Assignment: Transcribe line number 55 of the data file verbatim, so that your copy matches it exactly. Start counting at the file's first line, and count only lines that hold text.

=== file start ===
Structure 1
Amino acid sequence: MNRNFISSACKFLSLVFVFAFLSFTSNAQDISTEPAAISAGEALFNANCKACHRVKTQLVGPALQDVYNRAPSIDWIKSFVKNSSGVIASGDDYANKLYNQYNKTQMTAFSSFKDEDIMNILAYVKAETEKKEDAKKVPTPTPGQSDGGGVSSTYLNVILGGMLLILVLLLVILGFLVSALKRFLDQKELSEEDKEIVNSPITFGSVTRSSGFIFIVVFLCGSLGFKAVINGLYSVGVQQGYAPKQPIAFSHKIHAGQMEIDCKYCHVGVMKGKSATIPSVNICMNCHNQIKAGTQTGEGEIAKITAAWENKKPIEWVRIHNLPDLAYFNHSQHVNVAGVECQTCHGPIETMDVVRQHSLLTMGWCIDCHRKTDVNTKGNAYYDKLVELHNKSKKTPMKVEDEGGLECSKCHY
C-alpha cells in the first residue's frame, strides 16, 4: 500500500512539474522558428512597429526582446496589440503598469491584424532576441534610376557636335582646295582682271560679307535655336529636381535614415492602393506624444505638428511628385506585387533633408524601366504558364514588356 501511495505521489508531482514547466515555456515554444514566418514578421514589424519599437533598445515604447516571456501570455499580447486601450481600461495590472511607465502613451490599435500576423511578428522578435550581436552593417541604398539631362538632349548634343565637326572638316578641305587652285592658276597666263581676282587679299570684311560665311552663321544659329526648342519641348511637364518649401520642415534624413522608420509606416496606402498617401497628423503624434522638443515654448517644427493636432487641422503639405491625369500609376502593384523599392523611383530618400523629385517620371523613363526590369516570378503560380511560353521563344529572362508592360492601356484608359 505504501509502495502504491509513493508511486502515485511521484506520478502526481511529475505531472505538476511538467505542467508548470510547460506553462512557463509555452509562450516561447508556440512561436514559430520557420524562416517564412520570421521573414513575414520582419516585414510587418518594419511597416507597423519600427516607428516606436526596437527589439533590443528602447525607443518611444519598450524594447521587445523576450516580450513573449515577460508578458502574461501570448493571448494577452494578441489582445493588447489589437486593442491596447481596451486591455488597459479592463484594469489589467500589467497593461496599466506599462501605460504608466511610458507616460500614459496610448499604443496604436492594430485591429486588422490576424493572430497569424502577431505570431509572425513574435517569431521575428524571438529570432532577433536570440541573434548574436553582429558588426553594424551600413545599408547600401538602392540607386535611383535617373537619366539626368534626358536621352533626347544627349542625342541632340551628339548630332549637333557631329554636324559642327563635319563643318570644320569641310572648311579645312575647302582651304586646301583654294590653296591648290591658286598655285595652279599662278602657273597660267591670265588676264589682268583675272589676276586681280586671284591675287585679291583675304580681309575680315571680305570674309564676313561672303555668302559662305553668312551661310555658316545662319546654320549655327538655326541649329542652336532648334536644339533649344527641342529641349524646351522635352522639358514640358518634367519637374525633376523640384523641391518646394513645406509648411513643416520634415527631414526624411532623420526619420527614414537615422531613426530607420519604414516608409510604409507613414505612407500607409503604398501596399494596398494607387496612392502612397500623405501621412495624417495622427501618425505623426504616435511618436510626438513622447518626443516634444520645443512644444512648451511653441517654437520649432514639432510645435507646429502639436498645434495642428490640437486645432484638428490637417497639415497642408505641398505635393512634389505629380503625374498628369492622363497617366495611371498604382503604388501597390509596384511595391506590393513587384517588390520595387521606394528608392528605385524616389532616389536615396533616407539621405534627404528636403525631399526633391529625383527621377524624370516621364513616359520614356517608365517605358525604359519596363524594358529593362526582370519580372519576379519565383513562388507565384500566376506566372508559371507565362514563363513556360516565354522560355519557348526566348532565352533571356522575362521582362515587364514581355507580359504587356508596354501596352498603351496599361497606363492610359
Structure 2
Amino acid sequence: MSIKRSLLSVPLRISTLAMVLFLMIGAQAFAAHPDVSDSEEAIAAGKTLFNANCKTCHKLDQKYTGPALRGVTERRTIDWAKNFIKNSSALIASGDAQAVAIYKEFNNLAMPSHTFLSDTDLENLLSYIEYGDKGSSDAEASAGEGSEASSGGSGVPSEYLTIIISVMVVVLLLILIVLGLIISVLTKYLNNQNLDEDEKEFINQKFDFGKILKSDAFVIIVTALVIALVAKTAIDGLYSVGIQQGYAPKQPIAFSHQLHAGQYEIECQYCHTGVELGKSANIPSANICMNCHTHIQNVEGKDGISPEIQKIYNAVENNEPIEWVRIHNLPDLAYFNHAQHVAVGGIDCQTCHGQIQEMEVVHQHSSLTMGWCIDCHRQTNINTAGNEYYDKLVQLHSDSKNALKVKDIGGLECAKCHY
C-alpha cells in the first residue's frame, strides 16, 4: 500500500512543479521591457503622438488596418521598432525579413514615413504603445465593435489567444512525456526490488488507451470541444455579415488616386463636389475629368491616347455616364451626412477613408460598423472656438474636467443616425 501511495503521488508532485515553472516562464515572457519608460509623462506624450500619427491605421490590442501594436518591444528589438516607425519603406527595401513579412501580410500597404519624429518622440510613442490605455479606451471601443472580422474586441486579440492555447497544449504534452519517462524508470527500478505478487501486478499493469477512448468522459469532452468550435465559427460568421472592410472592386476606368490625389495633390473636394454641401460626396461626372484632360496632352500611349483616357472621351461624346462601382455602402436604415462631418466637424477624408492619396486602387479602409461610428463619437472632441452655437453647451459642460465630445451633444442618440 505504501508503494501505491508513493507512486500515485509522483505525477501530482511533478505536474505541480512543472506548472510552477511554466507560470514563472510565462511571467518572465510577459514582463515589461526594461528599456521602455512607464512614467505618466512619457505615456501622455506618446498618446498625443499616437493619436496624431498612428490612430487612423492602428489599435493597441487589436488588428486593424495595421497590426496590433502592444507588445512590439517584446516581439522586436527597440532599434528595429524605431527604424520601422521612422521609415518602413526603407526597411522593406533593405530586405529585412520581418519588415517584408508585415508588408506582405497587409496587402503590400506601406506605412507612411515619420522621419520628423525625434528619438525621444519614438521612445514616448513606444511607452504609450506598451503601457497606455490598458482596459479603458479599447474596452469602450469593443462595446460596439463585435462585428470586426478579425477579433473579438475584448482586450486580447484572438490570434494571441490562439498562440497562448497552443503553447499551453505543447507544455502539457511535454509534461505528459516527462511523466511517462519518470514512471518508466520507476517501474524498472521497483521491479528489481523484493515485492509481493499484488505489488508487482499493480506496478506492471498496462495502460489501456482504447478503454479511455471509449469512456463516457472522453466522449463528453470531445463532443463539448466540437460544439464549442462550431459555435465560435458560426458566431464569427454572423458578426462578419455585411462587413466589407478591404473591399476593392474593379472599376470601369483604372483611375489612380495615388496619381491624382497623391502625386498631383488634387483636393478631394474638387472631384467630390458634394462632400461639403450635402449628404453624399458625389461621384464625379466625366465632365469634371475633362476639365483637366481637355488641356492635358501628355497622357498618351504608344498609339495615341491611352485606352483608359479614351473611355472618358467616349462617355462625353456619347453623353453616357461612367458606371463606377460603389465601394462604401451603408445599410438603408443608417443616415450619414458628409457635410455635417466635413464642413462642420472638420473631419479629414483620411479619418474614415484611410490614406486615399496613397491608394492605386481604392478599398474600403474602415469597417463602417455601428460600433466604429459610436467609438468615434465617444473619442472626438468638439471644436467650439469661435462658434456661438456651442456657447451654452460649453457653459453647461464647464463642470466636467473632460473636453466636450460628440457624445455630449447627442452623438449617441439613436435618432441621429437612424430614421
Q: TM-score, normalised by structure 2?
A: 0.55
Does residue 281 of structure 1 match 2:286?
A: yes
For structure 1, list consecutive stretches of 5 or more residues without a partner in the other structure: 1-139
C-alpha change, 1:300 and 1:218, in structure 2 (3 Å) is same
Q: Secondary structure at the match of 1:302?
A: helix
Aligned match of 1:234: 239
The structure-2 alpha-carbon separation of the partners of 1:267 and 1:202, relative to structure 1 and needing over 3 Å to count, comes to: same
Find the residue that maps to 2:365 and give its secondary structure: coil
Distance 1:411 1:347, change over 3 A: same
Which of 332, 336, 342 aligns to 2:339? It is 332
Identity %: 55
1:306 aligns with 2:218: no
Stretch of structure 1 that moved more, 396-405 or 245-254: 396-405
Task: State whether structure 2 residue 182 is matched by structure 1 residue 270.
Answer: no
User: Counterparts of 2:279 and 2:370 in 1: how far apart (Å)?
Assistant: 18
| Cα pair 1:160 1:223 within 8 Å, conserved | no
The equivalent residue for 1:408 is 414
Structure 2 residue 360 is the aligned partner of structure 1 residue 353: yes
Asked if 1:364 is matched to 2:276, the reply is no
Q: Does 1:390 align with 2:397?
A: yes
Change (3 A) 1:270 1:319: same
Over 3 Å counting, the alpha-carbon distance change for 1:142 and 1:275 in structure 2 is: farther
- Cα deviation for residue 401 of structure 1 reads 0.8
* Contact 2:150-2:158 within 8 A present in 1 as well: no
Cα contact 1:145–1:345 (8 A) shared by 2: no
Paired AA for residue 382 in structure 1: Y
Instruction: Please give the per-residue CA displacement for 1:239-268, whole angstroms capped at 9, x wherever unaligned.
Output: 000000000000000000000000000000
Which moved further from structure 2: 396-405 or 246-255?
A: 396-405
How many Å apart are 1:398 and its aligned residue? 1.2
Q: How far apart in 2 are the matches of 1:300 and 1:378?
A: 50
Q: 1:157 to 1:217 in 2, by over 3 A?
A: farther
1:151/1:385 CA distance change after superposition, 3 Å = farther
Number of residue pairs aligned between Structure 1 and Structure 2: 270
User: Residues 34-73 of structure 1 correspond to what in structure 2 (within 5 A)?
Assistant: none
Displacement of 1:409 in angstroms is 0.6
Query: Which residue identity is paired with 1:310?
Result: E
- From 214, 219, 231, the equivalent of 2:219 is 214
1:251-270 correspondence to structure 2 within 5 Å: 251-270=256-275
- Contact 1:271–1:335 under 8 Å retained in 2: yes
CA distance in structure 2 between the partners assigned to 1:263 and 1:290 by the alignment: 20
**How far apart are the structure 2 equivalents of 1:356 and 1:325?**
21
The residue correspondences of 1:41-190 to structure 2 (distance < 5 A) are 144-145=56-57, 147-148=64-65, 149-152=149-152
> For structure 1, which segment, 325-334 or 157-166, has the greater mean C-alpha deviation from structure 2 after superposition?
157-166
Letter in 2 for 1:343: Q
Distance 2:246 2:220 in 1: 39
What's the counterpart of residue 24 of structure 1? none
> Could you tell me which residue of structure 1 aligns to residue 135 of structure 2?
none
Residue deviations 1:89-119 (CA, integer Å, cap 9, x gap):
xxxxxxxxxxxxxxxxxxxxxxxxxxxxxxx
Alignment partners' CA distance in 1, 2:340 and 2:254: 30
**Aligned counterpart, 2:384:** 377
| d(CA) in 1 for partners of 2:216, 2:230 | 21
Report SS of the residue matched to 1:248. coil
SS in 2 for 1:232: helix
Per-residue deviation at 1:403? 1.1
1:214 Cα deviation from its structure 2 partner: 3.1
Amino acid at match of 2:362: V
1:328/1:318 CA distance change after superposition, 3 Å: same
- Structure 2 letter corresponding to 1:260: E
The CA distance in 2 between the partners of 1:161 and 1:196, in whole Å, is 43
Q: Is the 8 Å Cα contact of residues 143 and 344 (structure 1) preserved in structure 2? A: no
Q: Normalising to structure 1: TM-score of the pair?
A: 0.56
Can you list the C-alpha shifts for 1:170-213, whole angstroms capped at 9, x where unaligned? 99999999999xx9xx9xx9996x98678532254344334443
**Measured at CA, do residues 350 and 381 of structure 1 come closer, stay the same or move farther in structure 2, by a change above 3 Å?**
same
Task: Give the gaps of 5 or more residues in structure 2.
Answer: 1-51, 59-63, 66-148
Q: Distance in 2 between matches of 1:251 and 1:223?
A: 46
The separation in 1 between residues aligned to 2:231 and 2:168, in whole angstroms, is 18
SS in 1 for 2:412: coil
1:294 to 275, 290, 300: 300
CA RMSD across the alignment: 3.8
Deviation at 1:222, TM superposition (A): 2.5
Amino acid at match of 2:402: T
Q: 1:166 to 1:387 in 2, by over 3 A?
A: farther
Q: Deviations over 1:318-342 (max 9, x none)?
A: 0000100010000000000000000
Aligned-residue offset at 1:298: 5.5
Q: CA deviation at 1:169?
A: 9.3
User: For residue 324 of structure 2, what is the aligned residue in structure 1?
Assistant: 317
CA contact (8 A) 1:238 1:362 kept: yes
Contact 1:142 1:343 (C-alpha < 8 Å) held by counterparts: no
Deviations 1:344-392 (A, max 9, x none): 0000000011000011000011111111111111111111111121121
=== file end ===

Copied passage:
- From 214, 219, 231, the equivalent of 2:219 is 214